TB: That’s crazy. Because the Findlays, they had made some serious shit…
BC: …to put it nicely!
ZC: But this was even beneath her standards. So that was the movie that went so unseen, that the people who even made it haven’t seen it - but we were able to secure it for the book. That felt great.
BC: And it truly is one of the best movies in the book, for real! It’s like this zany sub-par Zucker Brothers movie from ‘87 or ’88. It’s about a white jazz-fusion band in NYC whose lead singer gets possessed by the ghost of a punk that lives in the toilet bowl at a recording studio! While they’re playing, the frontman starts - in mid performance - getting taken over by this punk ghost and he suffers from something like punk Tourettes! They’ll be playing this smooth jazz and the singer starts swearing and making rude Billy Idol faces. They eventually start making this music that’s this crazy punk-white-jazz hybrid and it sounds great! Like the music itself sounds amazing. Of course, they become famous for it. But then there are all these insane antics going on. There’s a part where an old feeble white man turns into a large handsome black guy?! It’s got a ton of weird humor in it.
ZC: Banned is like the punk version of that movie Repossessed with Linda Blair and Leslie Neilson…which also has punks in it, by the way!
TB: How did the research process for this begin? Did you guys just start bouncing film names off of each other one night or…?
ZC: That’s how it started, yeah…but then we realized the enormity of it all. We actually went to Scarecrow, which is the biggest video store in the world, mind you - and spent three fifteen hour days flipping each video box over and looking at it. The whole time thinking; “Well, this movie takes place in a major urban area...". Or in a high school. Or maybe there’s a party scene in it. So we had to watch it. We made a list that was thousands of titles long and we would constantly add to it. Then we’d go to other video stores and start in on the internet research after that.
TB: So what is the earliest film with a punk in it?
BC: There were two of them that were made around the same time. Blank Generation, the documentary about CBGBs without sync sound. That was like the first on-screen documentation of what was to be known as punk. That was in 1975.
ZC: The first narrative feature to have a punk in it was the movie Punk Rock, a porn film by Carter Stevens. As far as we can tell that was being shot really early on, like during some of those early Max’s Kansas City punk shows. He just hopped on that train and said; “Well here’s something new…I’m gonna’ put it in my film!” The woman he was dating at the time was into punk and she was excited about all this new music. So to placate his girlfriend, he said let’s do that. He wasn’t even interested in it personally, and he talks about that in the book as well. Stevens wasn’t deliberately trying to do any landmark type of thing; he was just making another porno film. Later as punk emerged on a larger scale, he did an R-rated version of Punk Rock and made an additional chunk of money from the new cut. He went in and edited out all the boners and butts and added more material of NY bands like The Fast, The Stilettos and The Squirrels. “It’s an all new music movie about this punk stuff!” He just took all the semen out of the old version and filled it up with rock music…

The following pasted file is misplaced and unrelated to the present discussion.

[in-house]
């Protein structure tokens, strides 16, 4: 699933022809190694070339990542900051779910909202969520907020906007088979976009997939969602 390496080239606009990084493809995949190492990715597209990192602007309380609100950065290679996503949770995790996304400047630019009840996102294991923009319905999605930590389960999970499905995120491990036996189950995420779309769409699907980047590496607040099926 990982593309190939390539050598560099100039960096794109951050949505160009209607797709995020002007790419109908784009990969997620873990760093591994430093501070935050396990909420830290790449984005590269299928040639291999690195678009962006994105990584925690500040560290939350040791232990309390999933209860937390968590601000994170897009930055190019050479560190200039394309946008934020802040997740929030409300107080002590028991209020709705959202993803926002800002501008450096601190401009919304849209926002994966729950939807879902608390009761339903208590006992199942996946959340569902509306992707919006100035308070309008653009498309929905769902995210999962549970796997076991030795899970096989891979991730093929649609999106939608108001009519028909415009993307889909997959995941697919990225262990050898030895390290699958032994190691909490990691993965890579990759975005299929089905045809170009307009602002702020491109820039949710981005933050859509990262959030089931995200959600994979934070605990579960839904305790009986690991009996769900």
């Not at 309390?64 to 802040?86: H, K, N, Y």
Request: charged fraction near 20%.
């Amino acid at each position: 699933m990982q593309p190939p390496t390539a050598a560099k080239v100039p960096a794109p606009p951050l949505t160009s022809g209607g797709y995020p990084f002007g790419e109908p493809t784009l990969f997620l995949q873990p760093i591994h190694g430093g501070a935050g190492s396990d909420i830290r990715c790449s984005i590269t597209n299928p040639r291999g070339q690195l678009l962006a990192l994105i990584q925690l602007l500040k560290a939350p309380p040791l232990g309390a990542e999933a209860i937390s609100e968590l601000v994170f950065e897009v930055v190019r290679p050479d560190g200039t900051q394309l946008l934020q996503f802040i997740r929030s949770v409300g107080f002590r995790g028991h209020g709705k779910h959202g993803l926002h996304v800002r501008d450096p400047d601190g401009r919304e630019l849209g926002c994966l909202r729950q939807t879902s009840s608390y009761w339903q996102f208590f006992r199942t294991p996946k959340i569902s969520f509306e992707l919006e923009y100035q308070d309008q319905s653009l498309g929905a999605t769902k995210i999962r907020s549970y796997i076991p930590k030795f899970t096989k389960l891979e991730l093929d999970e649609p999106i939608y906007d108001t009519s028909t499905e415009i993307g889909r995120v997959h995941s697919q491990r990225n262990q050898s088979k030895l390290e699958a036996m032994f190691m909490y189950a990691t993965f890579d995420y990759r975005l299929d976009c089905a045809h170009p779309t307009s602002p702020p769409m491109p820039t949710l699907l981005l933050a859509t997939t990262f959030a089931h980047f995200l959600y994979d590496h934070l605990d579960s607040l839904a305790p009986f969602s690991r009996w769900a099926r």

TB: First mainstream attempt at showing a punk?
BC: Rock & Roll High School or maybe Jubilee. But does Jubilee count as mainstream? Probably not. It’s an art film. So I’d say Rock & Roll High School was the first major player in the drive-in circuit that went around the country. And Roger Corman…
TB: …wanted Cheap Trick!
ZC: Yeah! First Cheap Trick, then Devo…and finally they ended up with the Ramones. Rock & Roll High School was like the first time kids in Topeka, Kansas were at a movie and saying “what the fuck?!” It’s not even just because of The Ramones. There’s that audience scene at the Ramones show where the crowd is filled with real LA punk kids, animal costumes and Darby Crash going nuts. So guys in Tulsa or wherever were like “What the…?” And that was in 1979. That’s pretty early for a wide release like this.
TB: What was the time frame set for required viewing? The years you considered as the punk film era?
ZC: It’s kinda nebulous as to when punk starts. The Stooges were punk or Marlon Brando in The Wild One counts, or whatever. We decided to start when the term was accepted to describe a type of music and a culture would define it. 1975 it is. 1974 or 1975. We wanted to end it with the Eighties. We really wished that the 20th century had ended in 1990 so we wouldn’t have to have written about all these shitty indie dramas. Films where dreadlocked folk singers fall in love in Lollapalooza parking lots or what have you. But there are punks in those fucking movies, sometimes. So we did go all the way to the end of the 20th century. There are movies from 1999 in there, and almost invariably, the later in the Nineties the film was released, the more horrendous and unwatchable it is!
BC: The only good movie from the Nineties in our book is Wayne’s World 2! There’s a punk in it only for a second, but it may be the only good movie from the Nineties in the whole book. ‘99 was the cut off year too because if we didn’t stop there, we’d be working on this thing forever. When do you end it? Where do you draw the line? I mean, people employed at K-Mart have pink hair, old women have nose rings and everyone has a tattoo, so it’s like we’d be arguing in reviews for eternity about are they true punk, alternative brats or mall punks…and the music, there’s just so much shit now since it’s been embedded into the accepted culture.